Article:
Harteman Wildfowl, presented by Jan Harteman
This species has a small population which constitutes a single metapopulation as there is presumed to be movement of individuals within its large range. It is listed as Vulnerable by the IUCN because information from across its range indicates that numbers are in decline owing to a variety of threats.
Trigonoceps occipitalis has an extremely large range in sub-Saharan Africa (from Senegal,Gambia and Guinea-Bissau disjunctly east to Eritrea, Ethiopia and Somalia, and south to easternmost South Africa and Swaziland), where it is uncommon to locally common, but generally widespread outside forested regions (Harrison et al. 1997). It has declined rapidly in parts of West Africa since the early 1940s (P. Hall in litt. 1999, J. M. Thiollay in litt. 2006, 2012), is declining in East Africa (Virani et al. 2011) and in southern Africa is now largely confined to protected areas. In Botswana only four nests were located during gyrocopter surveys of three Important Bird Areas during 2008 and the species has the lowest relative abundance of the vulture species recorded (Hancock 2008), while in Niger there are only four records since 1995, all in the Gadabeji area (J. Brouwer in litt. 2012). The species has probably declined in central Mozambique (Parker 2005a), where the population is estimated at 200 pairs (Parker 2005b). An extrapolated estimate of the global population suggested there were 2,600-4,700 pairs (7,000-12,500 mature individuals) (Mundy et al. 1992).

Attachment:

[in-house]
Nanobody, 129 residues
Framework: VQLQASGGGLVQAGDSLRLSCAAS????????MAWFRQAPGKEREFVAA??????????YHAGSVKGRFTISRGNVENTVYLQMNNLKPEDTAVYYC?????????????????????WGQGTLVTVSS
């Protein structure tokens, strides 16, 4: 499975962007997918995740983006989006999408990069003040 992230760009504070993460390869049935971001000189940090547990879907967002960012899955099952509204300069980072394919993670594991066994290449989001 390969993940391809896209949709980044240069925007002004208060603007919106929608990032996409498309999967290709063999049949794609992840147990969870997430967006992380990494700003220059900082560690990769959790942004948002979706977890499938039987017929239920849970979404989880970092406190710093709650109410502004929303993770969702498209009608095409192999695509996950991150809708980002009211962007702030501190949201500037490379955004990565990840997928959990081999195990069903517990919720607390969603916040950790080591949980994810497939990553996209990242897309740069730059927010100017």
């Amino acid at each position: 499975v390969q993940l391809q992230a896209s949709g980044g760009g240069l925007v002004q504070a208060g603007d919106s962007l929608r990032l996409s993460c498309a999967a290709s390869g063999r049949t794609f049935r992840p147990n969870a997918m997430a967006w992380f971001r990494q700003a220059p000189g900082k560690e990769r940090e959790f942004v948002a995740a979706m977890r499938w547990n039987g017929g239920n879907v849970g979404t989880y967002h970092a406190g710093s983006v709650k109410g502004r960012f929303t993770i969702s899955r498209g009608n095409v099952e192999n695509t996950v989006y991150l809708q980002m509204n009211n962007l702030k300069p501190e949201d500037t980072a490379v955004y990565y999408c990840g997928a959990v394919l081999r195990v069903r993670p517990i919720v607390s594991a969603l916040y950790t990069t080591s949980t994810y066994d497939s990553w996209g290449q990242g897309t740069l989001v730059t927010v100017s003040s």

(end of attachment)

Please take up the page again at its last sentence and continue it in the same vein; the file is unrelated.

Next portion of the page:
An estimate of 7,000-12,500 mature individuals was extrapolated from a number of regional estimates. This equates to 10,500-18,750 individuals in total, here rounded to 10,000-20,000 individuals.
More information: http://www.iucnredlist.org/details/106003382/0